The new pipes and silencers have just been delivered, it took a while after they were ordered last month only to find the pipes were on back-order.
I’d no sooner received them than I went to fit the new pipes.
These have a flanged end that is clamped against the end of the head stubs by a big ring-nut and there needs to be a gasket between the pipe and the head to seal the joint.
The originals would have been a copper/asbestos crush-ring but these are no longer available, however there are useable substitutes around as a number of modern engines also use this system and their gaskets will fit.
The trick when fitting these is to get the pipes flange flat against the head stub and nip it up like that.
To do this you fit the pipe loose and on it own, before securing the lower end. If you try to fit it with the far end secured to the silencer then the flange is guaranteed to sit with one side against the stub and the other tilted over and not in contact with the stub. Once it is like this you will never manage to pull the flange into a decent gas-tight joint with the stub.
So it’s slip the ring nut over the pipe, put the gasket in place and offer the end of the pipe up to the exhaust stub on the head.
This is one of those jobs you really need two pairs of hands for, but a helper gets in the way!
You need to support the length of the pipe, align the end against the end of the stub while keeping the gasket in place and then persuade the nut to start on the threads of the stub while not to cross-threading it.
Then after I’d managed this and wound the joint up to hand tight I realised that I had the pipe on the wrong side of the footrest, so I had to take it off and start again, to mutterings of “Oh what a joyous thing to have done!” and like imprecations :).
Anyway I managed to get it back together again and then went and fitted its mate on the other side, for all that the Panther is a single cylinder machine it has a twin port head and so has a double exhaust system.
There was a fashion for these back in the 1930’s with most of the manufacturers having them in their line-up but Panther kept supplying them as standard to the end of production, the last of the line as it were.
Panther claimed that under heavy use, such as when pulling a sidecar, the twin-port head was less liable to warping than a single port, I don’t know the truth of this but I do know that back in the old days of the 50’s and 60’s it was not unknown for an impecunious owner to blank of one port and run on a single pipe and silencer.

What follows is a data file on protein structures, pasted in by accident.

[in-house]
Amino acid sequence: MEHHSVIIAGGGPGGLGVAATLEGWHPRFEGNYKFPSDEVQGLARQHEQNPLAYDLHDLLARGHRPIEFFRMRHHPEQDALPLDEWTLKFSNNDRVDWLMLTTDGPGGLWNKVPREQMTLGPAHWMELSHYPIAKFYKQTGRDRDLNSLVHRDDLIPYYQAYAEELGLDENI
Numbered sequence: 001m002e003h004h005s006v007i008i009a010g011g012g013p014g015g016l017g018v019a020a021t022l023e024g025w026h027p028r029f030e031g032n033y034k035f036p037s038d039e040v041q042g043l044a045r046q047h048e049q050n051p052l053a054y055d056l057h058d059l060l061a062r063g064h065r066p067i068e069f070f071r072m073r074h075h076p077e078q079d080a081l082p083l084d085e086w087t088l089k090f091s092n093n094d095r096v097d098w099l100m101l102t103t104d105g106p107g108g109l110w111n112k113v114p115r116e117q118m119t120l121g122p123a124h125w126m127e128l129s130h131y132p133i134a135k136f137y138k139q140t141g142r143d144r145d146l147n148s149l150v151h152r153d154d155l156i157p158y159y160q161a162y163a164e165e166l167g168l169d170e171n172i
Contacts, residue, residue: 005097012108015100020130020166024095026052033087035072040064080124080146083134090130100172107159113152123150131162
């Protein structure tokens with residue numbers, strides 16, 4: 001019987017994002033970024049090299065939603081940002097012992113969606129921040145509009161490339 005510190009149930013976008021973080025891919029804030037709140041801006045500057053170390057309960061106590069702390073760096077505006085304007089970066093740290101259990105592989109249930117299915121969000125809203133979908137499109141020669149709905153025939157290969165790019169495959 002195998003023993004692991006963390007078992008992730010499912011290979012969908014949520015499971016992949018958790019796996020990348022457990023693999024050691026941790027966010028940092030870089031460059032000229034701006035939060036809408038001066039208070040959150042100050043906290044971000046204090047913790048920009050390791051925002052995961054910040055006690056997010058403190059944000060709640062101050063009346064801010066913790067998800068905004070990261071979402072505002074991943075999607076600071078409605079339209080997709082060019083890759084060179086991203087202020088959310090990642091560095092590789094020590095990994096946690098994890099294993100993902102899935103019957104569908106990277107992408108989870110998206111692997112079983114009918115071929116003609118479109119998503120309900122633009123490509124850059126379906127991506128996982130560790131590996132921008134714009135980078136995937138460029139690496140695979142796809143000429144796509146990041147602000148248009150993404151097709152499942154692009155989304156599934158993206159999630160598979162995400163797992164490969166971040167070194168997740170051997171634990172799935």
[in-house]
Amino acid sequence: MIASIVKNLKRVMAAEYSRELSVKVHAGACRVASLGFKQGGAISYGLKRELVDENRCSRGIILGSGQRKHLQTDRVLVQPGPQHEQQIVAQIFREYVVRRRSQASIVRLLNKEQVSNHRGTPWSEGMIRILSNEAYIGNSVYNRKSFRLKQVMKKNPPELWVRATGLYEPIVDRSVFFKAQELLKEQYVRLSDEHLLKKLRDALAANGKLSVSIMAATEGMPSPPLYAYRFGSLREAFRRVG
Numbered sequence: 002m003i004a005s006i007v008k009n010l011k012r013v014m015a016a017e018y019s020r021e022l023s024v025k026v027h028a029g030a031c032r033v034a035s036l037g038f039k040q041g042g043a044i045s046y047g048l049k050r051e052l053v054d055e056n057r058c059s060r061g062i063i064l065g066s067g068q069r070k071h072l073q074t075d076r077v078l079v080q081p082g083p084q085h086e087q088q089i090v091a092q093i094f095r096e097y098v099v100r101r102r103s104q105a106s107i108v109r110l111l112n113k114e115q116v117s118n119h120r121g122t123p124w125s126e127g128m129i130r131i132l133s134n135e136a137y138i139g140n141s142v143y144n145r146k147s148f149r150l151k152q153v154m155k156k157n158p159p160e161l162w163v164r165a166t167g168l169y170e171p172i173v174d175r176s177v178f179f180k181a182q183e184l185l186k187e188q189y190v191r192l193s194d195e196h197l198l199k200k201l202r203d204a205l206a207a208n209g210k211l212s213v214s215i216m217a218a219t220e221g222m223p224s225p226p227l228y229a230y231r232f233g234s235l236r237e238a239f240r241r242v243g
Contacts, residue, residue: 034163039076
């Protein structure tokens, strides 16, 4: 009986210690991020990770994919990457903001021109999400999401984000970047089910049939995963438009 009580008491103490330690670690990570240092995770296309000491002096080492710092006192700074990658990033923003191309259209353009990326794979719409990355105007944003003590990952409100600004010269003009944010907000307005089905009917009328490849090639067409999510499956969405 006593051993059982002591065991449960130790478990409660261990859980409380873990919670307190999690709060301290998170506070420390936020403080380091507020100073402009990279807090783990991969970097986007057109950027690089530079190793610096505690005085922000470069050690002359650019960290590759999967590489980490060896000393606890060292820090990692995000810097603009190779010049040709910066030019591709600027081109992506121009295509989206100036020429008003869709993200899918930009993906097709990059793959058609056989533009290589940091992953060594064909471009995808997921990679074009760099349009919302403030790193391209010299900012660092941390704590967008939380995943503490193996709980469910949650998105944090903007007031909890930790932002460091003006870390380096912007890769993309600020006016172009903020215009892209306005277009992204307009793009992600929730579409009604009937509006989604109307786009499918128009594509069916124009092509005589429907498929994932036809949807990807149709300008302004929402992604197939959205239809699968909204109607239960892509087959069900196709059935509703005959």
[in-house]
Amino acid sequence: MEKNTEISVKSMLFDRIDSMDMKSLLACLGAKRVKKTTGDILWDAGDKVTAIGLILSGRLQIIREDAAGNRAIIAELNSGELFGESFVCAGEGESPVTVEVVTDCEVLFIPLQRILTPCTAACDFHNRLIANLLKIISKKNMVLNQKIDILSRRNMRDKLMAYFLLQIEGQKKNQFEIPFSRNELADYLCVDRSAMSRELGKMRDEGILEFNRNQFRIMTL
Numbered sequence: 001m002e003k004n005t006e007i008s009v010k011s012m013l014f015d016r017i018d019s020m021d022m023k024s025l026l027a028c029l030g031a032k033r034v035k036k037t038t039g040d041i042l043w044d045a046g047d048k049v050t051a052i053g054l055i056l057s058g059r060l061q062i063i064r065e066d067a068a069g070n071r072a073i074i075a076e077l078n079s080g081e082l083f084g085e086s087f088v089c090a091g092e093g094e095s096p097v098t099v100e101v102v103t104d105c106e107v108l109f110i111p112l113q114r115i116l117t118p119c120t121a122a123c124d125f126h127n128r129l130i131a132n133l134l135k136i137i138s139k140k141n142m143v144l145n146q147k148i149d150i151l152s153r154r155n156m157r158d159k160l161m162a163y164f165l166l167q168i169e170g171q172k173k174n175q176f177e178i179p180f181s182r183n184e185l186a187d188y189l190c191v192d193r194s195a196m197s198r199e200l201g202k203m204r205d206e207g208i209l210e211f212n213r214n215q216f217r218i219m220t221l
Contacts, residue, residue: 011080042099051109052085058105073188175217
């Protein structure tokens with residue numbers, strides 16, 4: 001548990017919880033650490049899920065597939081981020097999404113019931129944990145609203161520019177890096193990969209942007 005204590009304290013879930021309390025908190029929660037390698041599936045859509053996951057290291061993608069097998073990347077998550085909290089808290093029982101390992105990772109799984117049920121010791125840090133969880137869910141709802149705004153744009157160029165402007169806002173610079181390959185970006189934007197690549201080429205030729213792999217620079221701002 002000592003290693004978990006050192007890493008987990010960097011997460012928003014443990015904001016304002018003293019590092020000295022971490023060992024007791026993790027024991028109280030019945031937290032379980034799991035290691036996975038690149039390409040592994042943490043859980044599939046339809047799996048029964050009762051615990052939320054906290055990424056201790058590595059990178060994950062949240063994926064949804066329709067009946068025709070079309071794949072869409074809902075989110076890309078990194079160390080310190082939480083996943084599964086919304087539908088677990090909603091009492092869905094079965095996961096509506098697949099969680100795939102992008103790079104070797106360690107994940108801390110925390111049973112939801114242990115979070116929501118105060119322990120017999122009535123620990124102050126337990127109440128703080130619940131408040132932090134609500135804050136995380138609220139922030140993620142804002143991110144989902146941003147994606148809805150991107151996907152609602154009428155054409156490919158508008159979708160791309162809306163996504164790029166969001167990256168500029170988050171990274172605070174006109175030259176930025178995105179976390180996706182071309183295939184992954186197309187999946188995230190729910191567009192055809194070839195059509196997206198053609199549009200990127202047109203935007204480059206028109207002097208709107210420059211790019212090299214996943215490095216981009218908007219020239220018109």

Come to that you could order a new Panther from the works with a single-port head as an option.
Next job was to fit the silencers.
These have a loose “P” shaped clamp-on bracket to mount them onto the bike and I’d ordered up a new pair as well since I only had one old one and that was home made.
The clamps that came up were for “Universal Fitting” and so had to be atered to suit.
I had to fit the clamp onto the silencer, then mount the silencer onto the pipe and line up the clamp with the frame attachment point and mark the fixing point on the clamp.
Then it was take the clamp off, centre pop the mounting point and drill it to suit.
However the mounting “tongue” of the clamp was too long it also had to be cut back to suit and the ragged end from the saw-cut dressed of smooth and neat.
Last thing but one was to refit the clamp onto the silencer and bolt it up to the frame.
Last of all was that the manufacturer had put an adhesive sticker onto each pipe and silencer.
Because these were plastic, rather than have them melt and burn onto the pipes I had to remove them, and they would not just peel off.
I wound up heating them up with a hot-air gun until the pipe was uncomfortably hot to touch when they, reluctantly, peeled off leaving a layer of adhesive behind.
Then it was rub with a cloth dipped in WD40 to finally remove the adhesive layer, and even that took a bit of doing.
I wound up spending nearly as long cleaning off the stickers etc as in fitting the pipes!.